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Cara Marsi

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Vampires, Werewolves & Fairies
by Cara Marsi   
Not "rated" by the Author.
Last edited: Sunday, October 02, 2011
Posted: Sunday, October 02, 2011

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Not your mother's otherworldlies.

VAMPIRES, WEREWOLVES, FAIRIES – NOT YOUR MOTHER’S OTHERWORLDLIES

By

Cara Marsi

 

     To paraphrase Bob Dylan, the times they are changin’. This is very true in the paranormal world. What is it with the vamps, werewolves, even fairies in today’s romance books? I decided to take a look back at myths and legends and how they’ve evolved.

 

I grew up with Bela Lugosi as Dracula. He was scary as heck and certainly no one I wanted to meet in a dark alley. There was nothing sexy about this vamp. Before the Dracula movies, there was a 1922 German film called “Nosferatu,” loosely based on the Bram Stoker novel. Nosferatu is the ugliest, most vile creature I’ve ever seen. Enough to give a person many nightmares. Sure don’t find any heroes who look like him in today’s paranormal romances.

 

Our pop culture seems obsessed with vampires. From dark Eastern European legends, the vampire has gone through a metamorphosis into a sexy hero with superpowers. Those original vampires were evil, disgusting dead creatures, like Nosferatu. Now they’re hunky and handsome with great sexual stamina.

 

Bram Stoker may have started this modern trend with “Dracula,” which changed the vampire from a smelly dead bloodsucker to an intelligent, tortured bloodsucker.

 

Look at the proliferation and popularity of vampire romances. Especially look at the hugely successful Twilight series by Stephanie Meyer. Some who study pop culture say our fascination with the supernatural, especially vampires, is an attempt to escape from our dangerous modern world. We want to believe in creatures like vampires who have cheated death and have superpowers.

 

And then there are werewolves. Here’s what Wikipedia says about werewolves: “A werewolf, also known as a lycanthrope (from the Greek, ‘wolf’, and ‘man,’) is a mythological or folkloric human with the ability to shapeshift into a wolf or an anthropomorphic wolf-like creature, either purposely, by being bitten by another werewolf, or after being placed under a curse. This transformation is often associated with the appearance of the full moon, as popularly noted by the medieval chronicler Gervase of Tilbury, and perhaps in earlier times among the ancient Greeks through the writings of Petronius. Werewolves are often attributed superhuman strength and senses, far beyond those of both wolves and men.”

There it is again – superhuman strength and senses. Is this something we crave in our uncertain world?

 

Werewolves have been part of folklore since Greek times. Becoming a werewolf simply by being bitten by another werewolf as a form of contagion is common in modern horror fiction, but this kind of transmission is rare in legend. (source: Wikipedia)

 

Some legends say a person becomes a werewolf as the result of a curse. I used this scenario in my paranormal romance, “Cursed Mates,” when my character, Nicholas, is cursed as a werewolf in 1530 by a demon who is also Nick’s political and love rival.

 

The susceptibility of werewolves to silver objects and bullets isn’t found anywhere in legend. This silver vulnerability was literary license taken by novelists from 1935 on. (Wikipedia)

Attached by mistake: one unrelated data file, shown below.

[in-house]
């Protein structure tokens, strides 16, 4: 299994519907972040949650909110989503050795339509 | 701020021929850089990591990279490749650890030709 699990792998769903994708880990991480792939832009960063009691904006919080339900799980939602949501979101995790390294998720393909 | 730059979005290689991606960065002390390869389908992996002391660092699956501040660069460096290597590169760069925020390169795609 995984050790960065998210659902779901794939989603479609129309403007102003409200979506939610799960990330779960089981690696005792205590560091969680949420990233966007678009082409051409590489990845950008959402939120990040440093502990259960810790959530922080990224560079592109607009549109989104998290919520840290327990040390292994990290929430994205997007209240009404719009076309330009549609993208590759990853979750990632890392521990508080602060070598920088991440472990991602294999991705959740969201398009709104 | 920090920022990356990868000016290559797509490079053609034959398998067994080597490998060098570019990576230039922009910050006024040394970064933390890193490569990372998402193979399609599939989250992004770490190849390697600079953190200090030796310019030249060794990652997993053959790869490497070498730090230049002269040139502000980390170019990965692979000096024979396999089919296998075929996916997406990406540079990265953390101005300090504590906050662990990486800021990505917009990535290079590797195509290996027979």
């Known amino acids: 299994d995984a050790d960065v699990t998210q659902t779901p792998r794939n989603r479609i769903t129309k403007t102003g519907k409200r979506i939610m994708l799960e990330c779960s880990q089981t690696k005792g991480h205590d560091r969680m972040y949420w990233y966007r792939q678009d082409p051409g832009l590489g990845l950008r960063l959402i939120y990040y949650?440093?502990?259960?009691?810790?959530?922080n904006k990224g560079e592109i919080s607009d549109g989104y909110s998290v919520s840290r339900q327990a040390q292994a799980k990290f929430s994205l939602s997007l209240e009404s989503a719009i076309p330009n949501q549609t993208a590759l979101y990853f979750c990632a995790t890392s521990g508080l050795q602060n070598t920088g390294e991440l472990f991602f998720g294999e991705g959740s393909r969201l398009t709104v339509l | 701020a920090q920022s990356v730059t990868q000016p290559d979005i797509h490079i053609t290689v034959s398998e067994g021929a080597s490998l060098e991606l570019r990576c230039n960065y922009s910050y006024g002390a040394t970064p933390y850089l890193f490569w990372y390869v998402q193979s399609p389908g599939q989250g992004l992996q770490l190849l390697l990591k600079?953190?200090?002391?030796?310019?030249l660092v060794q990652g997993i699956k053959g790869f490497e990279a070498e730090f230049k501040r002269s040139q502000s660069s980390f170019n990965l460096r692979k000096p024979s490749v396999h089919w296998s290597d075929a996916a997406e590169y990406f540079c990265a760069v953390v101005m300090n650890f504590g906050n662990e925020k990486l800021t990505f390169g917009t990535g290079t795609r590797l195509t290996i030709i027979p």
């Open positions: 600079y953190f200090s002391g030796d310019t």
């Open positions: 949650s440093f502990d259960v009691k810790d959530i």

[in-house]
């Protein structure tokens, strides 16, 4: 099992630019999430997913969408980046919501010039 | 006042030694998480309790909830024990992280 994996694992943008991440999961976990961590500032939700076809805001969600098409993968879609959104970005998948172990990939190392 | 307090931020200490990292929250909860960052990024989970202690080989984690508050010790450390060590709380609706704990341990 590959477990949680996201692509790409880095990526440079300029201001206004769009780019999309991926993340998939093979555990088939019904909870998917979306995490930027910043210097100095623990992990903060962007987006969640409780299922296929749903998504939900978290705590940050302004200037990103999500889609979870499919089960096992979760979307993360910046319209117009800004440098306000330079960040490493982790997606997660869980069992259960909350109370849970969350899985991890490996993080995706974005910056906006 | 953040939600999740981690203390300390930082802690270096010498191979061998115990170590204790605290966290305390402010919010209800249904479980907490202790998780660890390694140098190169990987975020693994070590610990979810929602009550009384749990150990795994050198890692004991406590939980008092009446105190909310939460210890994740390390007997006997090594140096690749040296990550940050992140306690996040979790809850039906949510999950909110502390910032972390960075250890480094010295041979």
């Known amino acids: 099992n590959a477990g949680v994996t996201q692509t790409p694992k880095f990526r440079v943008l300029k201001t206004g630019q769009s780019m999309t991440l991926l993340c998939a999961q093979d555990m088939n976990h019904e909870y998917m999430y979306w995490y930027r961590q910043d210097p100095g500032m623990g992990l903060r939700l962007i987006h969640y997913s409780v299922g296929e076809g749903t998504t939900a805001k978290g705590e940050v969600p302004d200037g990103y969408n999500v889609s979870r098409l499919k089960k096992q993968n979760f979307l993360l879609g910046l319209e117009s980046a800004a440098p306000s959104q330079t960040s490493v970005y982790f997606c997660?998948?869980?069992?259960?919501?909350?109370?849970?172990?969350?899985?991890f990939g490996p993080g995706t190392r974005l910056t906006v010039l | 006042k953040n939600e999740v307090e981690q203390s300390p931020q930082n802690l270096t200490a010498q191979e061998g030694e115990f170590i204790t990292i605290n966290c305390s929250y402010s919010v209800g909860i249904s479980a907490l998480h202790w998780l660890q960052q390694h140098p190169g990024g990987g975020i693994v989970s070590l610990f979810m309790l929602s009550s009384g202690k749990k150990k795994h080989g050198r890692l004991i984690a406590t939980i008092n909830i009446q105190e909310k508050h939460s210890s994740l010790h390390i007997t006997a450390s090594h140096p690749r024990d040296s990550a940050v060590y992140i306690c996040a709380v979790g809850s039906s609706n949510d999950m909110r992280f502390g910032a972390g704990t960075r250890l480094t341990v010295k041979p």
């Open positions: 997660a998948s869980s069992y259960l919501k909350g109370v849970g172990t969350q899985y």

Just as vampires of legend were repulsive, wicked creatures, werewolves were blood-thirsty, snarling, drooling beasts. The 1935 film, “Werewolves of London,” was the first to show the werewolf as a tragic figure. Do any of you remember the old “Wolfman” movies with Lon Chaney? The actor played the creature as very tortured. He didn’t transform into a wolf, but into a very hairy man. Definitely not sexy.

 

Unlike those old films, the werewolf heroes in today’s romance novels and movies shift into powerful wolves. They may be conflicted, like my Nicholas, or some may be evil and relish the killing. In any case, bad or good, they’re not hairy men when they transform. And in their human form, they’re usually sexy and heroic.

 

Now to fairies. I always pictured fairies as tiny creatures with wings. Tinker Bell, anyone? Now there are romances with fairy heroes and heroines. I’ve read a few, and they’re good, but I can’t get past the image of tiny, winged creatures. When did fairies become sexy?

 

     From Wikipedia: “Fairies resemble various beings of other mythologies, though even folklore that uses the term fairy offers many definitions. Sometimes the term describes any magical creature, including goblins or gnomes; at other times, the term only describes a specific type of more ethereal creature.” Got that?

     I was surprised to learn that the diminutive size of fairies is a modern interpretation. They were originally tall, radiant, angelic creatures. Bet you didn’t know that. So the authors who write sexy fairy characters are going back to the original legends. Cool.

 

Another interpretation is that fairies are demoted angels. That can make for some interesting stories. Some beliefs say fairies are demons. Wow, all kinds of ideas there.

 

I’m still amazed at how differently our popular culture views these ancient creatures and legends. Maybe the experts are correct and we do need to go to the supernatural to escape the modern world. Works for me.

 

 

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